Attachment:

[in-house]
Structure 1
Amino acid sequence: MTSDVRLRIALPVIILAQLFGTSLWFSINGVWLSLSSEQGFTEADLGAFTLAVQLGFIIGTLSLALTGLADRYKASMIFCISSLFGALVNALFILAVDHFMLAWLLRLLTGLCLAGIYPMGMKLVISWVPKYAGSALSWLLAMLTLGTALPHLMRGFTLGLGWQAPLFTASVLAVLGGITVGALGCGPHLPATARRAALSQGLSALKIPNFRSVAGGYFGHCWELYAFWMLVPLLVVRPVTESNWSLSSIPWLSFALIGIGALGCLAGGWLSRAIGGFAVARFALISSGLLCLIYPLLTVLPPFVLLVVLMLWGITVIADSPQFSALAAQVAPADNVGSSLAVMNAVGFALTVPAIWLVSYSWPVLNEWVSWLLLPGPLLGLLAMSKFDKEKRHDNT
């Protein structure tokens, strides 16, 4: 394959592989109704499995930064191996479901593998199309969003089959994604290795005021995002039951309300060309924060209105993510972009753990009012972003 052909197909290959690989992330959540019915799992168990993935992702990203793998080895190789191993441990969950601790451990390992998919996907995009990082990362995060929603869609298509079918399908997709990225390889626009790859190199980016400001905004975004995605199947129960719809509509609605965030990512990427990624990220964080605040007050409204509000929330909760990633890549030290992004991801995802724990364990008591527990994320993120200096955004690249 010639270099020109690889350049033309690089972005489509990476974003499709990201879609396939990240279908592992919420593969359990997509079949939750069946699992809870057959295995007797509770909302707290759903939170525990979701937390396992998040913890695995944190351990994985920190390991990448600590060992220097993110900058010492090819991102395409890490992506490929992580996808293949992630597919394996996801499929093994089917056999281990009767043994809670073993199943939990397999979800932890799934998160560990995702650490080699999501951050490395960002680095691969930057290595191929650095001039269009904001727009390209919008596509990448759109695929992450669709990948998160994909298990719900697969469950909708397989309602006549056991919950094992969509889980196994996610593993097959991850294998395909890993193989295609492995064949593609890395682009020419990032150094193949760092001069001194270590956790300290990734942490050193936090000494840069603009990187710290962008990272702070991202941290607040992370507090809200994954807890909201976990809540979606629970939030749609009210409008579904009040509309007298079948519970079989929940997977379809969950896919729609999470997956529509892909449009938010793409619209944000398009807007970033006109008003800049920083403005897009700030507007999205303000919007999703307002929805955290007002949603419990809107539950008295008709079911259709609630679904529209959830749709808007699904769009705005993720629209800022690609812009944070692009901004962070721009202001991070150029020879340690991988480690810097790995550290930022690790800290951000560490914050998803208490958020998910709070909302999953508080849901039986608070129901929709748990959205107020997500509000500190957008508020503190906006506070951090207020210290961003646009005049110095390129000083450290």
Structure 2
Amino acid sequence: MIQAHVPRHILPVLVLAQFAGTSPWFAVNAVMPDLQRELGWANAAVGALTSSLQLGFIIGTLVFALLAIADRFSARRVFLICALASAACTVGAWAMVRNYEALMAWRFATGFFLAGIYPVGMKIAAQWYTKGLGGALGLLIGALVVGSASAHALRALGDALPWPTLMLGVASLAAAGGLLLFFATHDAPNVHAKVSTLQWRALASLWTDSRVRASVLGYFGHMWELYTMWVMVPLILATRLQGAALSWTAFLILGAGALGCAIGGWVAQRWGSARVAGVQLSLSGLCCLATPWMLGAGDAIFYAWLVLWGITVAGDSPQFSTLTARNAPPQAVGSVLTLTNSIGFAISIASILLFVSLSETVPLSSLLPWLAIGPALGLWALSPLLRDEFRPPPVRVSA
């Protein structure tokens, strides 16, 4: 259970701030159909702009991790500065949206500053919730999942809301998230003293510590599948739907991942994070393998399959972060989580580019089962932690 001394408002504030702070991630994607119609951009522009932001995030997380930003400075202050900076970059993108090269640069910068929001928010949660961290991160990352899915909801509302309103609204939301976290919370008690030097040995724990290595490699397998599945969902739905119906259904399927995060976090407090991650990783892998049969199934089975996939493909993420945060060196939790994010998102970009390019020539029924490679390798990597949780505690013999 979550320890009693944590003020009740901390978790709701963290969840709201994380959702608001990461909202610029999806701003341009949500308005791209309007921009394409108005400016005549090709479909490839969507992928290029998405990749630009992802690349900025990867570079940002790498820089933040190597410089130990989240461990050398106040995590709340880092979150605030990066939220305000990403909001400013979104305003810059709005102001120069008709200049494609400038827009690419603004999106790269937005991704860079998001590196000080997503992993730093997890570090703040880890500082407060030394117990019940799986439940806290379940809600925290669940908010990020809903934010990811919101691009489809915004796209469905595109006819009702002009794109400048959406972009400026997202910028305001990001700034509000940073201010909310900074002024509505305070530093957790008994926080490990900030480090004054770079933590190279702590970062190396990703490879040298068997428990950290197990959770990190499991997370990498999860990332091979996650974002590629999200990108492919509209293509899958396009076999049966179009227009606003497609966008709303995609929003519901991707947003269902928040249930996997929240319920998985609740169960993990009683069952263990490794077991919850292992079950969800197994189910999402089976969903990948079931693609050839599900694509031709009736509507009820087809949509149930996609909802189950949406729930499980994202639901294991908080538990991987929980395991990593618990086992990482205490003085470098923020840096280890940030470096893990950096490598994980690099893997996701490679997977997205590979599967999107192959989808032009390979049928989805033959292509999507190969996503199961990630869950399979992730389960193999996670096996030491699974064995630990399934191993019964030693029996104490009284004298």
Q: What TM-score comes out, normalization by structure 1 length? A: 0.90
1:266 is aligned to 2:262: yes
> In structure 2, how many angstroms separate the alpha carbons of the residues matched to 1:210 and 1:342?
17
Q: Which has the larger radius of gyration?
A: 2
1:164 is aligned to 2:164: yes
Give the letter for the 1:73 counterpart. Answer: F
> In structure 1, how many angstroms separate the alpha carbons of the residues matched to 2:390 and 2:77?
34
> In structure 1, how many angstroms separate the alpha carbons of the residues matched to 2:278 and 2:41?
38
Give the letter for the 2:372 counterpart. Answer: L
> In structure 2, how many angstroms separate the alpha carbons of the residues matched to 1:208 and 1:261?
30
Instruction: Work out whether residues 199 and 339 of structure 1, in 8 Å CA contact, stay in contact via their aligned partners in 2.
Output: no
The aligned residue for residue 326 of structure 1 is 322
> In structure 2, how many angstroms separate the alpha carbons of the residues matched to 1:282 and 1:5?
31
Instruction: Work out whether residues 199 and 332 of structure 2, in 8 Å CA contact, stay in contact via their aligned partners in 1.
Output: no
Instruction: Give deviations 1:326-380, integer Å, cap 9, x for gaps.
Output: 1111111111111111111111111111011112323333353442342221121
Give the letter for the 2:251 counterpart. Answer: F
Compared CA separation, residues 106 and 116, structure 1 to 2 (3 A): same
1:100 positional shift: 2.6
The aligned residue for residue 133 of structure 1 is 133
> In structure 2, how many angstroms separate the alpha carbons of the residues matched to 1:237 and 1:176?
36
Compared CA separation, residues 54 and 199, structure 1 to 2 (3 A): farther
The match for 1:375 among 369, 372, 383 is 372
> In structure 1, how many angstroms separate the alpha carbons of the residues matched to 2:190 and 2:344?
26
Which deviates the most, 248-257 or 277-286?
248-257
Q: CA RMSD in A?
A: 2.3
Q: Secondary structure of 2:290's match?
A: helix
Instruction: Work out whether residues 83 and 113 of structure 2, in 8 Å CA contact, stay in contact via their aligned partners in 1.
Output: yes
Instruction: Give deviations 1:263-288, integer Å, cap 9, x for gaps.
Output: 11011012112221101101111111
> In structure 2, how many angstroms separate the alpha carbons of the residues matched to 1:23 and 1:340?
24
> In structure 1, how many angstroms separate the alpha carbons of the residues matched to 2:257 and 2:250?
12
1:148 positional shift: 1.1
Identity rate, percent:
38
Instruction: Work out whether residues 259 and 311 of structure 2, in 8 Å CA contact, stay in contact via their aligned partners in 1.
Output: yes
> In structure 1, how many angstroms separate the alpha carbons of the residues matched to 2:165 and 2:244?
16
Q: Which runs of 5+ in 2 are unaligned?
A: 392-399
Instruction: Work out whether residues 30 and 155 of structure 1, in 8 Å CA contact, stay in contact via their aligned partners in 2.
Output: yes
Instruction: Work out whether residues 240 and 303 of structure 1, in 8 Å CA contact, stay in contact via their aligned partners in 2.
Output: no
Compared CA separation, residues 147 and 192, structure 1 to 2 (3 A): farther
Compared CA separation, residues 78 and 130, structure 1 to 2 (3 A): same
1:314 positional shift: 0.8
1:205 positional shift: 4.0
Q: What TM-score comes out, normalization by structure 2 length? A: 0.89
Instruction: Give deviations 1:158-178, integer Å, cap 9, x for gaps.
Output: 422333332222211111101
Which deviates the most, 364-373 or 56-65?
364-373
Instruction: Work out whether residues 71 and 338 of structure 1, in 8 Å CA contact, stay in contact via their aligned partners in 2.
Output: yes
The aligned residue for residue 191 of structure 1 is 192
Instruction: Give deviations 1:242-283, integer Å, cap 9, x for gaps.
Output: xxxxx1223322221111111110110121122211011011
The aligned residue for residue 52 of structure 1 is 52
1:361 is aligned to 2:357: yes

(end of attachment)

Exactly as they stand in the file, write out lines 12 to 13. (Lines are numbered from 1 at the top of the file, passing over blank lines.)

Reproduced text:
Q: Which has the larger radius of gyration?
A: 2